The Haverhill School Committee got an education at last night’s meeting regarding how school administrators are required to handle incidents of sexual harassment and bullying in public schools.
Responding to an increase in such incidents across the state, and here in Haverhill, members of the Policy Subcommittee met this past week to learn what federal policies apply in those types of situations. Gail M. Sullivan, committee chairperson, told her colleagues rules issued by the U.S. Department of Education are very complicated.
“I think people think that if a child does something in school, the principal can just say ‘Get out of here. You’re suspended,’ and that is not how it is. The court takes suspension extremely seriously,” Sullivan explained.
Adoption of a new policy to match federal requirements moved to the full School Committee for review and approval. The subject became more than hypothetical recently when a parent complained there was little local action after her sixth-grade daughter had to endure sexual inferences from another student at Caleb Dustin Hunking School.
School and education lawyer Amy Rogers said sexual harassment is covered under Title IX, which prohibits discrimination based on sex. She explained, as of August of 2020, very specific rules have been put into place to address the issues.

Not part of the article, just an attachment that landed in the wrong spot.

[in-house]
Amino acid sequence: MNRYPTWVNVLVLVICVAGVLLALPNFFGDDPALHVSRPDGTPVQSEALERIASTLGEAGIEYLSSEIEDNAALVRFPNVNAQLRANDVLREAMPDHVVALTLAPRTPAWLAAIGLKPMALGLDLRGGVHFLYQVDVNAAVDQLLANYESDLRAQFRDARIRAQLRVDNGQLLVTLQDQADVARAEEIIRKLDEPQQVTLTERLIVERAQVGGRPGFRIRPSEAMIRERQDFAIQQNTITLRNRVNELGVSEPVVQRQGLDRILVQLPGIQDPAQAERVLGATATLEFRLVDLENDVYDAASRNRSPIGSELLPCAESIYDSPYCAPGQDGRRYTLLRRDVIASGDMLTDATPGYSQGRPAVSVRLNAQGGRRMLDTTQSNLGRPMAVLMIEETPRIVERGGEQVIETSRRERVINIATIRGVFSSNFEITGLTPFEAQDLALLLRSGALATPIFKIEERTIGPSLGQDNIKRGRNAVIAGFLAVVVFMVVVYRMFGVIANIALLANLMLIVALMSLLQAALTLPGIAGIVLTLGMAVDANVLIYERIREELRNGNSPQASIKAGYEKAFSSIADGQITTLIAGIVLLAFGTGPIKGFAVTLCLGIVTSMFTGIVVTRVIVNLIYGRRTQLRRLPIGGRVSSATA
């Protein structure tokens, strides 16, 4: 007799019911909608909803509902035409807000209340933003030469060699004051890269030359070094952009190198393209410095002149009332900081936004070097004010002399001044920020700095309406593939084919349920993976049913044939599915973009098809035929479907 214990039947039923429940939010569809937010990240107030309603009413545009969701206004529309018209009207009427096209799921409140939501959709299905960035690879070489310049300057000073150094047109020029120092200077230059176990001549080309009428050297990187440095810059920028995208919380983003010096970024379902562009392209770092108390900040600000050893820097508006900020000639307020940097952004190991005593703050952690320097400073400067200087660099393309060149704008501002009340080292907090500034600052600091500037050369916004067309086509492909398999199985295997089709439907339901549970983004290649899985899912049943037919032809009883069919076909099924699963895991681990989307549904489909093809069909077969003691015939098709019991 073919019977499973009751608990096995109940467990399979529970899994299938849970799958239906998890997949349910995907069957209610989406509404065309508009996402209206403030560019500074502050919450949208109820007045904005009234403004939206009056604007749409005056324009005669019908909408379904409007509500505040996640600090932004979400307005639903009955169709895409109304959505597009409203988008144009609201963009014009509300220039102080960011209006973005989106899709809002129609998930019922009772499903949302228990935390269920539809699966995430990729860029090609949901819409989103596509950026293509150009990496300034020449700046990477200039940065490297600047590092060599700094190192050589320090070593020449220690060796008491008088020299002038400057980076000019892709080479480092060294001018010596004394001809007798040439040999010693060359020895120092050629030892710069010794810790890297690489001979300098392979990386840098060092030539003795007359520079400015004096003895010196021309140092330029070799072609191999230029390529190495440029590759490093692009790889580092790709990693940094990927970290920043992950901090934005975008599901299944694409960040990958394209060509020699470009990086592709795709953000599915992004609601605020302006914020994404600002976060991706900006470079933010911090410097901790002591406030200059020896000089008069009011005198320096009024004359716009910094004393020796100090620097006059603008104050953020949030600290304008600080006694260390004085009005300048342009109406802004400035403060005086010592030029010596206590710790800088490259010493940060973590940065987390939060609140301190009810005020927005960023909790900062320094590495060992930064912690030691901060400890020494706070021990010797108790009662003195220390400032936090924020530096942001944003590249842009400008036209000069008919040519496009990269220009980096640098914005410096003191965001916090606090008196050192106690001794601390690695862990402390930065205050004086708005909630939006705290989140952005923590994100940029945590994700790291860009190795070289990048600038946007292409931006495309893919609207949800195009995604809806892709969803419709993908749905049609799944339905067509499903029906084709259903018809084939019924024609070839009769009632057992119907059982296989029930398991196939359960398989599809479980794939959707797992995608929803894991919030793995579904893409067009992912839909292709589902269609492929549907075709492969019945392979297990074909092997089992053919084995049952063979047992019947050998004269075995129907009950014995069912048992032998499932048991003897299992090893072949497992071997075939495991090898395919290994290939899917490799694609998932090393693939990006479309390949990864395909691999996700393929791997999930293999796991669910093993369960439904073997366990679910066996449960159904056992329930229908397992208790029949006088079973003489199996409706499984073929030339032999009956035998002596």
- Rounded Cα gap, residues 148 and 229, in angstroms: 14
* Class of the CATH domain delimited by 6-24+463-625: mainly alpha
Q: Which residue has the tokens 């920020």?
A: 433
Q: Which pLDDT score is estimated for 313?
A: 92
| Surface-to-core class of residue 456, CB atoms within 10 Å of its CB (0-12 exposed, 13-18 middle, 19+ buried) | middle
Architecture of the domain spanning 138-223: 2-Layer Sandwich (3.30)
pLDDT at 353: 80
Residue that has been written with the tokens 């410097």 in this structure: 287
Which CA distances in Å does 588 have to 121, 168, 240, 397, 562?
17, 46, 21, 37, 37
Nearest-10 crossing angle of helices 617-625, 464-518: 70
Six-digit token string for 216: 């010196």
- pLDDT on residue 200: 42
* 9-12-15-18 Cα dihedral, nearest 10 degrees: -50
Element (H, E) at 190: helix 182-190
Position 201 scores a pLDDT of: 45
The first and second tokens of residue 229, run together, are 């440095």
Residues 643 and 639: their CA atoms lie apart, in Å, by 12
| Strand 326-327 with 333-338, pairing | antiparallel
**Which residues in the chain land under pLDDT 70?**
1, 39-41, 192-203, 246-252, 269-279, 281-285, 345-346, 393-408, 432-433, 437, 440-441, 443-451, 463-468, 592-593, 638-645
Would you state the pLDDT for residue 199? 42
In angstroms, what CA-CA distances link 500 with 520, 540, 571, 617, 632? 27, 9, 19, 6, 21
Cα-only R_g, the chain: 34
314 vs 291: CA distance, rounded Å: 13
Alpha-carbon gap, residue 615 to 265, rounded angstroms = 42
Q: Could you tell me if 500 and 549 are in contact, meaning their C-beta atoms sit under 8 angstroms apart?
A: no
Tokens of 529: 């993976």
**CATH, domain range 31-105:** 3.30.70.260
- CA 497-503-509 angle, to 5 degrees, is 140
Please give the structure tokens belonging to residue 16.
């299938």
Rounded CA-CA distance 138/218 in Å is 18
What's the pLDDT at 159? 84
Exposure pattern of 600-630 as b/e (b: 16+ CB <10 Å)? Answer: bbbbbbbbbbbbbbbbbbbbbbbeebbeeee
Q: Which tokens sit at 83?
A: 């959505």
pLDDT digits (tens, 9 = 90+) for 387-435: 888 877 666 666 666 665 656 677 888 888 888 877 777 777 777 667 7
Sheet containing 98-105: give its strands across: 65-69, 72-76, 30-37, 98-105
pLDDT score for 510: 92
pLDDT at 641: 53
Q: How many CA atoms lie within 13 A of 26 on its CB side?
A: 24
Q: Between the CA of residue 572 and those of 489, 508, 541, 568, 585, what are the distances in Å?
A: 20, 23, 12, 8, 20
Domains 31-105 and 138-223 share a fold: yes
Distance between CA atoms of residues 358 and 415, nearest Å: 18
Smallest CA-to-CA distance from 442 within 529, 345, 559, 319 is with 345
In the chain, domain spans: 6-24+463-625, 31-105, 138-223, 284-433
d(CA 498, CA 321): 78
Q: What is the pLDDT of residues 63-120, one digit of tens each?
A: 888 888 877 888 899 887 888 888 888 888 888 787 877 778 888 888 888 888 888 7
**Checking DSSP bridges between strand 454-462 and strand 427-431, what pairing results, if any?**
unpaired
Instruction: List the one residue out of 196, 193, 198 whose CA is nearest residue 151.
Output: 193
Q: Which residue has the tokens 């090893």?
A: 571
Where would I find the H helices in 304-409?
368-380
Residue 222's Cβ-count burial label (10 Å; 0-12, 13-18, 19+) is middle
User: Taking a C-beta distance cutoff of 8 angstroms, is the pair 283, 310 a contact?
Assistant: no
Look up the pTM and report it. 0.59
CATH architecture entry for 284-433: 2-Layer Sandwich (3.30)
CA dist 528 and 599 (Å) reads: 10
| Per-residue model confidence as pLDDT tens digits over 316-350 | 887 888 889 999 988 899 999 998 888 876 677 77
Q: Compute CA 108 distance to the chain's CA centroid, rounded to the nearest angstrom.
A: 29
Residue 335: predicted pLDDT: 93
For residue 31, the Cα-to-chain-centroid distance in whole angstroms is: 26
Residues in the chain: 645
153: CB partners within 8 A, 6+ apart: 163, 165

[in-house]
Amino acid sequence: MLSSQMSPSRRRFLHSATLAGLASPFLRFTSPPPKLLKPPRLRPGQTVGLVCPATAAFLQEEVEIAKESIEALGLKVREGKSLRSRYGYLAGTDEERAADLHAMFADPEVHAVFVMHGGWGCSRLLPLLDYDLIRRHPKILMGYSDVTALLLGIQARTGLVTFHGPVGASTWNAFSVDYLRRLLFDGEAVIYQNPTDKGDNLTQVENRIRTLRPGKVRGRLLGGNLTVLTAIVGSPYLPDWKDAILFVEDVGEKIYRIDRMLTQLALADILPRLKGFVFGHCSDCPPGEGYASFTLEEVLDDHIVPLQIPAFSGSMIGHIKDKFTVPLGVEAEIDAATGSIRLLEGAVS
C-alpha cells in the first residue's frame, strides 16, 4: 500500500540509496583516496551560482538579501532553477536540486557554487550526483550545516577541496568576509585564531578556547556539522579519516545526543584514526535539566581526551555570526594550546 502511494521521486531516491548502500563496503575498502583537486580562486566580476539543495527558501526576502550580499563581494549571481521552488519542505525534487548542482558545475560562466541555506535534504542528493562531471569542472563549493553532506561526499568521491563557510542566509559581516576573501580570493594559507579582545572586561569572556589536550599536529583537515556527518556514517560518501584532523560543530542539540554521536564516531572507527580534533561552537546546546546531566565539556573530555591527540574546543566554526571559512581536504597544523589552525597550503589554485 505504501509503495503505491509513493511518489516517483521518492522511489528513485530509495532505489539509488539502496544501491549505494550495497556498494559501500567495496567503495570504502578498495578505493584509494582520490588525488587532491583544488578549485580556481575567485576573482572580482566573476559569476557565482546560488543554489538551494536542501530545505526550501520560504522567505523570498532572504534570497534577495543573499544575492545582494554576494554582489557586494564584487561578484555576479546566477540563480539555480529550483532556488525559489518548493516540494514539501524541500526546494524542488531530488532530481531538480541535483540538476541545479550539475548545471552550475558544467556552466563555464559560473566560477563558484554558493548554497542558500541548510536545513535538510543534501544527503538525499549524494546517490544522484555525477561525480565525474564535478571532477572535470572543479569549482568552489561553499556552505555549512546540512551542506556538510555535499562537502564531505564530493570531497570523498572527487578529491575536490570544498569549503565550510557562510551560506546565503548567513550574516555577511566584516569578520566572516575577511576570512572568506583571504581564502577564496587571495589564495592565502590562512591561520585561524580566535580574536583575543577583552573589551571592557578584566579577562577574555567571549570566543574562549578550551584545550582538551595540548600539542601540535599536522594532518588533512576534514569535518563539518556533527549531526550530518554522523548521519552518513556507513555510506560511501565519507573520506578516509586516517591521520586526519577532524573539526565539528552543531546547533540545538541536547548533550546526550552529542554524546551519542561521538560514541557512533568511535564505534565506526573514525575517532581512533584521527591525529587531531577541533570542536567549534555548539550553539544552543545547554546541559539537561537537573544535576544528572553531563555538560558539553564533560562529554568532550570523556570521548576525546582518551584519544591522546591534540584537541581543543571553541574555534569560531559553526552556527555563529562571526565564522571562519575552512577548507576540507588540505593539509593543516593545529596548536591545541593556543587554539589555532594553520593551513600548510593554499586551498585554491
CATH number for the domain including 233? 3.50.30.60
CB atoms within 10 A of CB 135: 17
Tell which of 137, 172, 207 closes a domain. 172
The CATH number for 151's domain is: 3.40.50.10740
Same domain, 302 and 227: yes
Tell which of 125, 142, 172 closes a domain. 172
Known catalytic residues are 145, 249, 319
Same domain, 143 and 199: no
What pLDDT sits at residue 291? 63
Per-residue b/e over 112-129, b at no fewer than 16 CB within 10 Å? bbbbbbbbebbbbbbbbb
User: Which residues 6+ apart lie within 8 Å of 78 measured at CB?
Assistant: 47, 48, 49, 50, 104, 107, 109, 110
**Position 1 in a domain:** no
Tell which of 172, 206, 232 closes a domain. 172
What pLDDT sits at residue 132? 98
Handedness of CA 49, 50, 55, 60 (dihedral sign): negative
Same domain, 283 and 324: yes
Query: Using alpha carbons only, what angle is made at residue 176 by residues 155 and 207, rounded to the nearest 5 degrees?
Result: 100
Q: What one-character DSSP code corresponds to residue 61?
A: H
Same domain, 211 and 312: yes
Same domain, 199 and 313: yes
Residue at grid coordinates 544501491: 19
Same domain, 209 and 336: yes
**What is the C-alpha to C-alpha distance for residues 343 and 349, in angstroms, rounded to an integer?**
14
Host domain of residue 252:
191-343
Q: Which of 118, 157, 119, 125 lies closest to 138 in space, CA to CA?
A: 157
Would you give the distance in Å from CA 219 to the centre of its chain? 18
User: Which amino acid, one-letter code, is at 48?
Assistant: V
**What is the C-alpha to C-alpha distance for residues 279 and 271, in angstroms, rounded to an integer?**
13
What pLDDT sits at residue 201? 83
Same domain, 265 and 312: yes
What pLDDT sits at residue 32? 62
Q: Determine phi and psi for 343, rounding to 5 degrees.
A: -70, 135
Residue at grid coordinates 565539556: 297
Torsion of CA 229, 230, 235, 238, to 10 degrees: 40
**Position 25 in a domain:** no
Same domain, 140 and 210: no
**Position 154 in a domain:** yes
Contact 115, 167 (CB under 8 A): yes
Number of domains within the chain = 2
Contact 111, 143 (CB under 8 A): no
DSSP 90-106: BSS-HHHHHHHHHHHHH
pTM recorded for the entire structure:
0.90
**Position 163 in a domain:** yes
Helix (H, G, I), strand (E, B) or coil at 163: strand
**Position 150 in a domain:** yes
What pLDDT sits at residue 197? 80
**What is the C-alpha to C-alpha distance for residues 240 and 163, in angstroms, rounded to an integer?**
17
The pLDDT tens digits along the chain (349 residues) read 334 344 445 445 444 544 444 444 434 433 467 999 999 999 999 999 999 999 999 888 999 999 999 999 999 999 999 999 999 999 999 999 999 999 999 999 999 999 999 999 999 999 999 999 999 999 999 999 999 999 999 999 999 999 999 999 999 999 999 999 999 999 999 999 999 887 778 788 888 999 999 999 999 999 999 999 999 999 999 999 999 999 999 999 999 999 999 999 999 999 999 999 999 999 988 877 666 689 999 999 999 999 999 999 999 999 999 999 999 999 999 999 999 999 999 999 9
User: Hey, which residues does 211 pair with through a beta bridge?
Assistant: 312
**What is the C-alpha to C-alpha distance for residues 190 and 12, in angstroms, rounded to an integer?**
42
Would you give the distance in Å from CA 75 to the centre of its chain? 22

“These new regulations are very, very prescriptive in how school districts are to respond to allegations of sexual harassment,” she said.
Rogers said rules include a lengthy grievance procedure that treats both parties equally with no assumption of guilt and no discipline without due process. She said due process involves a three-person investigative team and could take up to 45 days.
Rogers did say an option for emergency removal in some special cases does exist.
“Emergency removal is available, but it is a fairly high bar for the district to show. The district has to show that there is a risk to an individual’s physical health or safety,” Rogers explained.
Committee member Paul A. Magliocchetti also raised the point that regulations could be discriminatory towards low-income individuals should families be required to hire their own attorneys or pay for expert witnesses.
While Committee members expressed dissatisfaction with elements of the new regulations, including its slow pace, they voted unanimously to adopt the policy.